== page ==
The first is to till the grass crop in order to kill it. This would most likely require disking the soil three times or plowing and then disking, to kill the grass and break up the sod that is turned up by the first tillage pass.
The other option would be to spray out the grass crop with an herbicide. One pass through the field and the grass would be killed completely if done right.
If the goal of growing the grass was to build up the soil, which is the best option? Tillage, we know from research, would break up the physical soil habitat built up over the two years, disturbing the microorganisms living there. It would also disturb or destroy larger soil fauna, such as earthworms. This physical destruction, combined with the flush of oxygen that comes with intensive tillage, would burn up much of the organic matter added by the grass. The tillage would also eliminate soil cover and leave the soil in a loose state that predisposes it to future compaction.
Spraying out the grass with an herbicide would leave the soil’s physical habitat intact. The root mass that we dug up last summer would be undisturbed and the surface would covered by the dead grass leaves, controlling wind erosion and reducing evaporation.
In terms of the goal of building soil, the second option is plainly better than the first. However, some may argue that herbicides are toxic, that they may be a detriment to soil organisms, or that they could pollute the environment. If we used the herbicide glyphosate (the active ingredient in Roundup) its toxicity is low compared to other herbicides (the EPA considers glyphosate to be non-carcinogenic and relatively low in toxicity). The toxicity concern is limited further because we are not spraying a crop that is going to be harvested and the chemical is not persistent in soils. Any detrimental effect to soil organisms would be minimal compared to the obvious effects of tillage. Glyphosate also has a small leaching potential.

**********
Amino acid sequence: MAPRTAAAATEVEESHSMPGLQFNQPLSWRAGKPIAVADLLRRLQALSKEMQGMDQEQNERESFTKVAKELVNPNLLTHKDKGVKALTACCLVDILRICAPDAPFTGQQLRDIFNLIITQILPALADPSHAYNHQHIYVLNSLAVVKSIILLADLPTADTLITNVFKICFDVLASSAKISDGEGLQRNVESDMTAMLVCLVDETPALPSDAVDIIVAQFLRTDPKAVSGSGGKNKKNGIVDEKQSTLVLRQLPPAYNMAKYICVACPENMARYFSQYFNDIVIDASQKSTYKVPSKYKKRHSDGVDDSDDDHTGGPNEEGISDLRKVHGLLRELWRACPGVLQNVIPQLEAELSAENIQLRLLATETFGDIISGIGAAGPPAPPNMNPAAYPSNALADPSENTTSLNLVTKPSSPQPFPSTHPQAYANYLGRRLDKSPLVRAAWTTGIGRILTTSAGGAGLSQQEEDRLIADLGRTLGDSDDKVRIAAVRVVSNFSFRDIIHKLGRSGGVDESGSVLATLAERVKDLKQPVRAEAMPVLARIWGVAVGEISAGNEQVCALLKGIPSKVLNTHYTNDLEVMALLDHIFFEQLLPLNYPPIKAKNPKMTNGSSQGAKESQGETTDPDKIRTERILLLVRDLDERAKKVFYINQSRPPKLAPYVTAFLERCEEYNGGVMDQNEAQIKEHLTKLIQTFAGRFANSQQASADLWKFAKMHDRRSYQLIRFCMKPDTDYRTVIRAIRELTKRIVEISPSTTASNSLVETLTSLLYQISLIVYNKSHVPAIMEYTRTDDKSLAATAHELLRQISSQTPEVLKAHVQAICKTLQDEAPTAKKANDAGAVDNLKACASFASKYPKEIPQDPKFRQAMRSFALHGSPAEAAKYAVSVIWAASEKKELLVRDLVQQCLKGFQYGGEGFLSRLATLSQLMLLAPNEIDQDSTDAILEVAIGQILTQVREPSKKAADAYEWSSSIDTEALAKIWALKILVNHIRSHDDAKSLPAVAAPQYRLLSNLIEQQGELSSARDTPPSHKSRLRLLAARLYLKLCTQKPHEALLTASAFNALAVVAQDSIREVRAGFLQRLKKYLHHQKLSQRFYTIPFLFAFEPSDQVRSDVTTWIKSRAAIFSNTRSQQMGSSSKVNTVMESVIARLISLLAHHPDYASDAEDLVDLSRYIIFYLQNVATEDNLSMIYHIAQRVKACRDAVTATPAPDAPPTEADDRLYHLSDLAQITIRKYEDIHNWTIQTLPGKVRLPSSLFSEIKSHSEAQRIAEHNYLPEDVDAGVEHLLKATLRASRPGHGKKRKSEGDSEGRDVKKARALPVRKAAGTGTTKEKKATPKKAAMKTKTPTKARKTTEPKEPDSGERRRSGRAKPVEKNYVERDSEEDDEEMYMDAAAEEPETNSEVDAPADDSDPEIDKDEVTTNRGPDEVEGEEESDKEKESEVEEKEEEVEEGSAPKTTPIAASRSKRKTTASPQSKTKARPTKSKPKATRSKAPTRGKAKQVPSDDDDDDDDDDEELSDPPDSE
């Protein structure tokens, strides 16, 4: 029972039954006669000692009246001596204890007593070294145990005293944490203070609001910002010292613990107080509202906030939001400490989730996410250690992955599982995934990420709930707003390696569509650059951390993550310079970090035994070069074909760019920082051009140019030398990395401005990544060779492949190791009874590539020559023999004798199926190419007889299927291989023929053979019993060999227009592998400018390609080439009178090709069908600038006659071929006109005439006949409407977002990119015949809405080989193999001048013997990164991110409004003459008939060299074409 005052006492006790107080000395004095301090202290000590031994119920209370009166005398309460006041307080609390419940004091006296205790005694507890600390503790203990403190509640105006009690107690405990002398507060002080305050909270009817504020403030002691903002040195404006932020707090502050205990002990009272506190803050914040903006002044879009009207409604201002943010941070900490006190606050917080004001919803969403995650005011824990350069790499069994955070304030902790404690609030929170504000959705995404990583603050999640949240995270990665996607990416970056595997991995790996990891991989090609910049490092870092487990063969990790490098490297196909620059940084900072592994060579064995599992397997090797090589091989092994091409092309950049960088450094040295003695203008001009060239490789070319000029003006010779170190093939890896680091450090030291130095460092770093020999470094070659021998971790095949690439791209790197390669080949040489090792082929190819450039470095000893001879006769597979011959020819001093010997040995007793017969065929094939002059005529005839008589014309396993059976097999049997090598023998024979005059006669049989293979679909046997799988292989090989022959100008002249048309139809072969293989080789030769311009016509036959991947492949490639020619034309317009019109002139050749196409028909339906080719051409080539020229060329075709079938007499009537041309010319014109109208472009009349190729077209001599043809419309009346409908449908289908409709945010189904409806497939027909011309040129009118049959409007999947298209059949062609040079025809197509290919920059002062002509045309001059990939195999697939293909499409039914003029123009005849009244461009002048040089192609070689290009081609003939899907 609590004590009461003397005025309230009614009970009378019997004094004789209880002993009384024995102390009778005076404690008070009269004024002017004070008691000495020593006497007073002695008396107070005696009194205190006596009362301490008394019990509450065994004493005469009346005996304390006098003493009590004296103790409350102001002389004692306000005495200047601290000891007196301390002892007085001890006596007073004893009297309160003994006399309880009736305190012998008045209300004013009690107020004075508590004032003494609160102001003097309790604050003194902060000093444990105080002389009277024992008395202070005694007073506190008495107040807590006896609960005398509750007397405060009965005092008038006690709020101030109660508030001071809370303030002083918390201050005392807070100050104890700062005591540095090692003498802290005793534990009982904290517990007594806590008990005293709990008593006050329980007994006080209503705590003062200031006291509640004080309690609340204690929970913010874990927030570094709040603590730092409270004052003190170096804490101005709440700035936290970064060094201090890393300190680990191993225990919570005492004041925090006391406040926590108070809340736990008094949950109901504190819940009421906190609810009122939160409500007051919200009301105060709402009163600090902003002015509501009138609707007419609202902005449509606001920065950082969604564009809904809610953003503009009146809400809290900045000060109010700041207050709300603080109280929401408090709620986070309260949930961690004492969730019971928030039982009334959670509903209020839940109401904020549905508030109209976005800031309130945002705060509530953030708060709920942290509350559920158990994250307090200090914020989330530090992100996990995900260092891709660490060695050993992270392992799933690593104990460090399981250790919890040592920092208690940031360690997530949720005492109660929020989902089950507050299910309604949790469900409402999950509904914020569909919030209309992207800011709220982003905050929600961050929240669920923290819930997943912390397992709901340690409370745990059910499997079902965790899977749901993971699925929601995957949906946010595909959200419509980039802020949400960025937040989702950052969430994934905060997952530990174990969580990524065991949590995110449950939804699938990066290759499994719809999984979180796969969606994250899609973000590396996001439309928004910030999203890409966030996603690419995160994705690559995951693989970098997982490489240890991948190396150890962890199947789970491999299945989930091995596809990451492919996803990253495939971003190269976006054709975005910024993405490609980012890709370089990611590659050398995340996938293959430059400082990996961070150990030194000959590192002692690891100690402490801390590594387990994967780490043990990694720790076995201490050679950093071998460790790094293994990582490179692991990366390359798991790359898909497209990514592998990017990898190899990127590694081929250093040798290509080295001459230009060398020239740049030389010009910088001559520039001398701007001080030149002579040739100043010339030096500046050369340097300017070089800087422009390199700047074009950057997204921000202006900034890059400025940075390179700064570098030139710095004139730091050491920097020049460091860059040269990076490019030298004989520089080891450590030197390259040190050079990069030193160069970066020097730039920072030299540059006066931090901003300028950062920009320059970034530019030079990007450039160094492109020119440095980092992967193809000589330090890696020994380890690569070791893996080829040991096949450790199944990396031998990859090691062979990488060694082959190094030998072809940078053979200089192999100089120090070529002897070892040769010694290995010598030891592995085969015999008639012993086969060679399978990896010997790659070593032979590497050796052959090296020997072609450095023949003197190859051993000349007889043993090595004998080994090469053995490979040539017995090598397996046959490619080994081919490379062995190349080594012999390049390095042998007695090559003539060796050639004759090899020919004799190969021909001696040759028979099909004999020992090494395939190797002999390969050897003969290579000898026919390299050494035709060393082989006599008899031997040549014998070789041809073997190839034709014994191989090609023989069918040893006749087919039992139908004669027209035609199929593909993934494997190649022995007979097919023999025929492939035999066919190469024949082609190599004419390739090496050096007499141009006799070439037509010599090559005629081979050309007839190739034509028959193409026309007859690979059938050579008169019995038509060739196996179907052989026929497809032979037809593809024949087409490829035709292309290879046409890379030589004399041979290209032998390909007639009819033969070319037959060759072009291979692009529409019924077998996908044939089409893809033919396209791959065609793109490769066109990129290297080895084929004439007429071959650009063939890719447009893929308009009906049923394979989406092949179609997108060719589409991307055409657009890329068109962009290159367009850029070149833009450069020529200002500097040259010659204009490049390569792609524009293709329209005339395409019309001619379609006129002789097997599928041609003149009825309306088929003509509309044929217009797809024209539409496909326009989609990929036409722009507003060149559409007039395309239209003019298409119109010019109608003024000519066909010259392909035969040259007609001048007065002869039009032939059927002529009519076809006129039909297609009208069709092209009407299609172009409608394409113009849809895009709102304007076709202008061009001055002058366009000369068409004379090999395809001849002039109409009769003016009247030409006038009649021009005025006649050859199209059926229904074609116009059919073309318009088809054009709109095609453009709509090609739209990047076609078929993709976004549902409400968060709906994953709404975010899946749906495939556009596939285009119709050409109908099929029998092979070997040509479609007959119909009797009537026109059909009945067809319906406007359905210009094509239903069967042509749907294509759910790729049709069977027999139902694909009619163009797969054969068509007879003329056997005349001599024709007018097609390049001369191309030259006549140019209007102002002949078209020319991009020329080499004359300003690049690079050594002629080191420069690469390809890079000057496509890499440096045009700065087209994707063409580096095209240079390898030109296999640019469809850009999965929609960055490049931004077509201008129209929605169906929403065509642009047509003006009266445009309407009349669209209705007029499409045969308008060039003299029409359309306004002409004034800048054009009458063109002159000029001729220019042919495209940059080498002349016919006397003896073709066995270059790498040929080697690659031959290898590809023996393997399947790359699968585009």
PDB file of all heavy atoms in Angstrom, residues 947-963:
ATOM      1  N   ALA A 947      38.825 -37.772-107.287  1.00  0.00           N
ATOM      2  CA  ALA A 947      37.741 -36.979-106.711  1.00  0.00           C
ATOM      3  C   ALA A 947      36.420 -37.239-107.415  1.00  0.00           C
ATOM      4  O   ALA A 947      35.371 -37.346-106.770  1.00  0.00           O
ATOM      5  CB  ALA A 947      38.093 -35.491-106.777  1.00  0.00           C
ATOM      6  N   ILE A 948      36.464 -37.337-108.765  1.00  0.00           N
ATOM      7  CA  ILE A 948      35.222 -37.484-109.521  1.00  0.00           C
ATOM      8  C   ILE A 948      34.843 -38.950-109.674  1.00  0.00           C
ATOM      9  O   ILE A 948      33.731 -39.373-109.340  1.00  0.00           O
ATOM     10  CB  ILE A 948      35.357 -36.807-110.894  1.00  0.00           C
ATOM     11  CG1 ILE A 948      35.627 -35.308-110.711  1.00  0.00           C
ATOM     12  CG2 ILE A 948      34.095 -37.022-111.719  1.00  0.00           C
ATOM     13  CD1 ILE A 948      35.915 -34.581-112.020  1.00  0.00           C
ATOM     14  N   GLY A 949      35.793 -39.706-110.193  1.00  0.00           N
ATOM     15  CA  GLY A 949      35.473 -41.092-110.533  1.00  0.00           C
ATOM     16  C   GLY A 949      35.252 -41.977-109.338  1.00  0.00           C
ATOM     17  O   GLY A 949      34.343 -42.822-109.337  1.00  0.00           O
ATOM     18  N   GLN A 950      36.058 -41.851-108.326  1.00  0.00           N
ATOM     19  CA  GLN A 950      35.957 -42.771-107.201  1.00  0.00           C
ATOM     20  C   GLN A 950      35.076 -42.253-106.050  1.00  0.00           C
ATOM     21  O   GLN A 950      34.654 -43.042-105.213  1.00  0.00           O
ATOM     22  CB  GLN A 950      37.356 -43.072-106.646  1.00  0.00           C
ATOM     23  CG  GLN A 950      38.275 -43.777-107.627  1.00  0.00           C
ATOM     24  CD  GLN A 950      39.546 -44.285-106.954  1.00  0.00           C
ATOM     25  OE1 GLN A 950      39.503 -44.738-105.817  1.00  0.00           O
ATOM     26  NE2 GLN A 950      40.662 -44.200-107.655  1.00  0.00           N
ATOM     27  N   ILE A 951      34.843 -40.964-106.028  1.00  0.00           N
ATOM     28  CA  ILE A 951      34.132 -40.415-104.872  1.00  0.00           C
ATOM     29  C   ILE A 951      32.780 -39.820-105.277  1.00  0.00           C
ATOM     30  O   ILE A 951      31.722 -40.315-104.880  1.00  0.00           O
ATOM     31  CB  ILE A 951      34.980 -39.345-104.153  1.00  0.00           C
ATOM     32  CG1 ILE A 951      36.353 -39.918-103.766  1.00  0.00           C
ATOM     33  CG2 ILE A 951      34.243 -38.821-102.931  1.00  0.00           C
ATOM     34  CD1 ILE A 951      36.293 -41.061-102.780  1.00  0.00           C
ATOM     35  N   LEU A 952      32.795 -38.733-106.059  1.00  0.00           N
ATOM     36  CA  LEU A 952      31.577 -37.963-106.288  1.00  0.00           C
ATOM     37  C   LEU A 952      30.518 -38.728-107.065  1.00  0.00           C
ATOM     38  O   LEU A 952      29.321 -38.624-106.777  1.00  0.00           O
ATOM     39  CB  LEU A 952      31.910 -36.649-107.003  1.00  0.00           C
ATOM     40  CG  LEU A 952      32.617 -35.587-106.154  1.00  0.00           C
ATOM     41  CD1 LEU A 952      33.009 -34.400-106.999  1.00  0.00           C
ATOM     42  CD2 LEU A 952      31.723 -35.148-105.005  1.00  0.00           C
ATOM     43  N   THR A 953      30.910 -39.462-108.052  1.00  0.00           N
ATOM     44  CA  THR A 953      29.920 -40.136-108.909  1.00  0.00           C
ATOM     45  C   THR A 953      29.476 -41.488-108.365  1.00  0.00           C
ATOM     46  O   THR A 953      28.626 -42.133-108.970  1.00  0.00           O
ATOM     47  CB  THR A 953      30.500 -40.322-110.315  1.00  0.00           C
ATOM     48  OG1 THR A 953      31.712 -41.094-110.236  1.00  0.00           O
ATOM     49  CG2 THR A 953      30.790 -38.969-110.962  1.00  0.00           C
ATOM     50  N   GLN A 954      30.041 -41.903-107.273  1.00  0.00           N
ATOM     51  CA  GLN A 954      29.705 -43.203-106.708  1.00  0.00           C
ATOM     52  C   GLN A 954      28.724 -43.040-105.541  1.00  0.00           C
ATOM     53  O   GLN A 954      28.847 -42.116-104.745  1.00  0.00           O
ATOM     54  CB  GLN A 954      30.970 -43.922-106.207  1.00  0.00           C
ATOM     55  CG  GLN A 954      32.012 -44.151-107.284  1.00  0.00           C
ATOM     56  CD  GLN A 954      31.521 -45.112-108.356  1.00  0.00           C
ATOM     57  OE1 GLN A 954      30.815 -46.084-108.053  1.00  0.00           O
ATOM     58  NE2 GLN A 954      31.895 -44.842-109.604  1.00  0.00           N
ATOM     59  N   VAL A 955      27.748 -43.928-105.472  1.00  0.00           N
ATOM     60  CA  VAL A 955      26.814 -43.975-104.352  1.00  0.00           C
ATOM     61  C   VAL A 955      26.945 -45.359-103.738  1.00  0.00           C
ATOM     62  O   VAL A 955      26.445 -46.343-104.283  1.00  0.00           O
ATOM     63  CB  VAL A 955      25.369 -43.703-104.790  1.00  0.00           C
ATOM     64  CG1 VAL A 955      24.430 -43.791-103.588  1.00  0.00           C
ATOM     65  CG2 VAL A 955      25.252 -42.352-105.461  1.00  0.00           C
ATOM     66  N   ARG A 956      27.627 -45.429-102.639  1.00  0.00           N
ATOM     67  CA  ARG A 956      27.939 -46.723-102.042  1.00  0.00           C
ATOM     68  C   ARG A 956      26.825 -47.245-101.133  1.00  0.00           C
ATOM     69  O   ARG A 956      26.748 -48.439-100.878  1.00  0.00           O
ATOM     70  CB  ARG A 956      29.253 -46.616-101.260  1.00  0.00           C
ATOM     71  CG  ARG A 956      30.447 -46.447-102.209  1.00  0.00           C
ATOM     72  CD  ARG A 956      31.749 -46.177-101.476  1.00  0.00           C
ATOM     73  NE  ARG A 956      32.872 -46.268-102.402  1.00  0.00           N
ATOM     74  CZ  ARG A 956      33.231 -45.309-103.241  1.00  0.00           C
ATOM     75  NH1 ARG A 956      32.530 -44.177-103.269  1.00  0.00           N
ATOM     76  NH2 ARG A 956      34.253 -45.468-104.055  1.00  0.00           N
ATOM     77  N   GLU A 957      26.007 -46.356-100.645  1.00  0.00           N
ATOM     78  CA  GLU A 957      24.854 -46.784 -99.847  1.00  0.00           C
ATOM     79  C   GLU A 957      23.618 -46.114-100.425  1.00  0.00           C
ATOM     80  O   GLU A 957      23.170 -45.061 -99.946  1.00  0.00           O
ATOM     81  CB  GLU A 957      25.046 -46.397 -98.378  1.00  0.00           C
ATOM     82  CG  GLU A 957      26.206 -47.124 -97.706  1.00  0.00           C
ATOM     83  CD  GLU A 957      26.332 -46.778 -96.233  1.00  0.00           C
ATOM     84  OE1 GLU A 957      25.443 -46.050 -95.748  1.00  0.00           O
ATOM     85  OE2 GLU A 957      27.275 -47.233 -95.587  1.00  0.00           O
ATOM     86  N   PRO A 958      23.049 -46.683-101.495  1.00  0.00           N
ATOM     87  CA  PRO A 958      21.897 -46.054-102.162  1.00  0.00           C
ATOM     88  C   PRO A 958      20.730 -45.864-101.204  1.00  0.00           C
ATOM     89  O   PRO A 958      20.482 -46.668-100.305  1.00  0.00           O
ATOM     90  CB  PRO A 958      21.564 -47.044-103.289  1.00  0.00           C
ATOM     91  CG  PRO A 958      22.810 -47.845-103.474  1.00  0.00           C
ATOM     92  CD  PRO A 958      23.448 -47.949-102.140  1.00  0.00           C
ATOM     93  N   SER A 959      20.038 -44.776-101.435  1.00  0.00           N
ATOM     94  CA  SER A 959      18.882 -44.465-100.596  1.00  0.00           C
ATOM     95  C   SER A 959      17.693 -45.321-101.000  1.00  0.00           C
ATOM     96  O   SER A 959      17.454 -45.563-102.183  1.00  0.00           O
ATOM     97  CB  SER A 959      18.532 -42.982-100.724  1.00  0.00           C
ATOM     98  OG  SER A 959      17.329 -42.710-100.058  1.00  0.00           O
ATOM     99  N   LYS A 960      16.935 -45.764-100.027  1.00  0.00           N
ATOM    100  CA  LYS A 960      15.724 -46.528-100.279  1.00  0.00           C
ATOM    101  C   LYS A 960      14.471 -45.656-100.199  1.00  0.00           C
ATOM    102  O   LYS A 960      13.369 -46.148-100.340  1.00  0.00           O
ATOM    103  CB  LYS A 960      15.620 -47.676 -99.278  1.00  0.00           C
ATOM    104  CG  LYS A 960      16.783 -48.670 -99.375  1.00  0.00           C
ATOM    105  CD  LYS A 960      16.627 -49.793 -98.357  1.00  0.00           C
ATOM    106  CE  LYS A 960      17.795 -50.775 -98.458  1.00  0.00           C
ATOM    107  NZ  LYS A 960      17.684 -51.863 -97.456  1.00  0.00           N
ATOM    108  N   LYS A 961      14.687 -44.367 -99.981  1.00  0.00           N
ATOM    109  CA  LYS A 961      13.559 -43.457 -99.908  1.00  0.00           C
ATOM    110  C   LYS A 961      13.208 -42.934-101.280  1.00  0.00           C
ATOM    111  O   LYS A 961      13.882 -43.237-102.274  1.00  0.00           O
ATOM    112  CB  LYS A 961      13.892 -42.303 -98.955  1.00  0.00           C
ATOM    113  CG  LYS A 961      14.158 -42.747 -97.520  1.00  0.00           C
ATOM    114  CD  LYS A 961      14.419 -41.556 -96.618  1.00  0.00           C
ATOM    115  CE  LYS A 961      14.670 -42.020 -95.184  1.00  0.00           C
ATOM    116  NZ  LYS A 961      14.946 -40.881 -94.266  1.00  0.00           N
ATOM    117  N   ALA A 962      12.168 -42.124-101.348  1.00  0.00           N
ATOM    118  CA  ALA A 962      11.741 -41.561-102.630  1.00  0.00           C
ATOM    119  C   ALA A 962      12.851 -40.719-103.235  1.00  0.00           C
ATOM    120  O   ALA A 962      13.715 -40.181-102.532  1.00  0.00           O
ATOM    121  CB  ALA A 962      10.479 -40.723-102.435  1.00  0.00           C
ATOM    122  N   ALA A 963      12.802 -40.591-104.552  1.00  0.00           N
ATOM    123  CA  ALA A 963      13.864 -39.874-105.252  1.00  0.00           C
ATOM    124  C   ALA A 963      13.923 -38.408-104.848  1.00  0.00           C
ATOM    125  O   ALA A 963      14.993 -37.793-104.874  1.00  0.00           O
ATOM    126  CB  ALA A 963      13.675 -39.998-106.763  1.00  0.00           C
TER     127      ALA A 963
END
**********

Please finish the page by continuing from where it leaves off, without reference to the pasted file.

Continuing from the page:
For building soil, the choice is clear; spray out the crop.
Pesticides in a world of trade-offs
There is still room for improvement in the use and toxicity profile of pesticides, especially in other countries. Pesticides do get misused, especially in developing countries without strong regulations and little public spending on ag education and training. They can harm wildlife and pollinators. Farm workers need stronger protection.
But the single-minded focus by many on pesticides ignores that we live in a world of trade-offs and producing the most food on the least amount of land, with the least amount of water, the least amount of erosion, the least amount of fertilizer runoff, and the least amount of greenhouse gases is a larger, more important set of goals. Those goals can often best be advanced through smart use of some fairly non-toxic tools.
A version of this story was originally published at the Genetic Literacy Project in April 2015